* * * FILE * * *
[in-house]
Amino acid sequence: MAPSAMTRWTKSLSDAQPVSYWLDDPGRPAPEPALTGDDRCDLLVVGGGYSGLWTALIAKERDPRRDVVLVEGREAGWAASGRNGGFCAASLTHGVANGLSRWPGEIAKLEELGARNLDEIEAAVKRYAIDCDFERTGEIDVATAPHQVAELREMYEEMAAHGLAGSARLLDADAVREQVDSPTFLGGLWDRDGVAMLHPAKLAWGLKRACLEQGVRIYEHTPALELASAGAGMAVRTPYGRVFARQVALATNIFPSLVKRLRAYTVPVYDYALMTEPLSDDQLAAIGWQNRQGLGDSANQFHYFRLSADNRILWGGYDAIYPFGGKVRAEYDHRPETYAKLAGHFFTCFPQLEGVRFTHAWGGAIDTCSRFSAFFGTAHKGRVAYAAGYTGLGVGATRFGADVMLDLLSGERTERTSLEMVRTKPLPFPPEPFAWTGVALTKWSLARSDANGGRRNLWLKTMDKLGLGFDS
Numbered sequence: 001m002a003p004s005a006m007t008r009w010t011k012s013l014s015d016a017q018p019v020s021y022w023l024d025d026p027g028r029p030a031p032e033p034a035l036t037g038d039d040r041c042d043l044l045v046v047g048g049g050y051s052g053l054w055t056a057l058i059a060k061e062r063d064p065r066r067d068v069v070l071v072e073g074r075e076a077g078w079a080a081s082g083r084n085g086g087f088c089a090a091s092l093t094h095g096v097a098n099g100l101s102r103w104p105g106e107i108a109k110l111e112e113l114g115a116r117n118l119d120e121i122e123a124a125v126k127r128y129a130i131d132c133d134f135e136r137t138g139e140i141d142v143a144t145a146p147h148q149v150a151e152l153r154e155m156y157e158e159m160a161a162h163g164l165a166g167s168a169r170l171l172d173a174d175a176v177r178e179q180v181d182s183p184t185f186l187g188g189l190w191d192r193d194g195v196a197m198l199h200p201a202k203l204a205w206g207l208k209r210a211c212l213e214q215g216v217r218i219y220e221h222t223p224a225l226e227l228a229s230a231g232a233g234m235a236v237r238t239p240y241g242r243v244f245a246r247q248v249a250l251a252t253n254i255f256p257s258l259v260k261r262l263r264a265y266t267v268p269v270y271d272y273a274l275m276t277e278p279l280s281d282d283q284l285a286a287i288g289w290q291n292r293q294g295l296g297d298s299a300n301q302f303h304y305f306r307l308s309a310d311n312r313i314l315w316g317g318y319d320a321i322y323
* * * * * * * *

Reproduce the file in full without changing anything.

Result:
[in-house]
Amino acid sequence: MAPSAMTRWTKSLSDAQPVSYWLDDPGRPAPEPALTGDDRCDLLVVGGGYSGLWTALIAKERDPRRDVVLVEGREAGWAASGRNGGFCAASLTHGVANGLSRWPGEIAKLEELGARNLDEIEAAVKRYAIDCDFERTGEIDVATAPHQVAELREMYEEMAAHGLAGSARLLDADAVREQVDSPTFLGGLWDRDGVAMLHPAKLAWGLKRACLEQGVRIYEHTPALELASAGAGMAVRTPYGRVFARQVALATNIFPSLVKRLRAYTVPVYDYALMTEPLSDDQLAAIGWQNRQGLGDSANQFHYFRLSADNRILWGGYDAIYPFGGKVRAEYDHRPETYAKLAGHFFTCFPQLEGVRFTHAWGGAIDTCSRFSAFFGTAHKGRVAYAAGYTGLGVGATRFGADVMLDLLSGERTERTSLEMVRTKPLPFPPEPFAWTGVALTKWSLARSDANGGRRNLWLKTMDKLGLGFDS
Numbered sequence: 001m002a003p004s005a006m007t008r009w010t011k012s013l014s015d016a017q018p019v020s021y022w023l024d025d026p027g028r029p030a031p032e033p034a035l036t037g038d039d040r041c042d043l044l045v046v047g048g049g050y051s052g053l054w055t056a057l058i059a060k061e062r063d064p065r066r067d068v069v070l071v072e073g074r075e076a077g078w079a080a081s082g083r084n085g086g087f088c089a090a091s092l093t094h095g096v097a098n099g100l101s102r103w104p105g106e107i108a109k110l111e112e113l114g115a116r117n118l119d120e121i122e123a124a125v126k127r128y129a130i131d132c133d134f135e136r137t138g139e140i141d142v143a144t145a146p147h148q149v150a151e152l153r154e155m156y157e158e159m160a161a162h163g164l165a166g167s168a169r170l171l172d173a174d175a176v177r178e179q180v181d182s183p184t185f186l187g188g189l190w191d192r193d194g195v196a197m198l199h200p201a202k203l204a205w206g207l208k209r210a211c212l213e214q215g216v217r218i219y220e221h222t223p224a225l226e227l228a229s230a231g232a233g234m235a236v237r238t239p240y241g242r243v244f245a246r247q248v249a250l251a252t253n254i255f256p257s258l259v260k261r262l263r264a265y266t267v268p269v270y271d272y273a274l275m276t277e278p279l280s281d282d283q284l285a286a287i288g289w290q291n292r293q294g295l296g297d298s299a300n301q302f303h304y305f306r307l308s309a310d311n312r313i314l315w316g317g318y319d320a321i322y323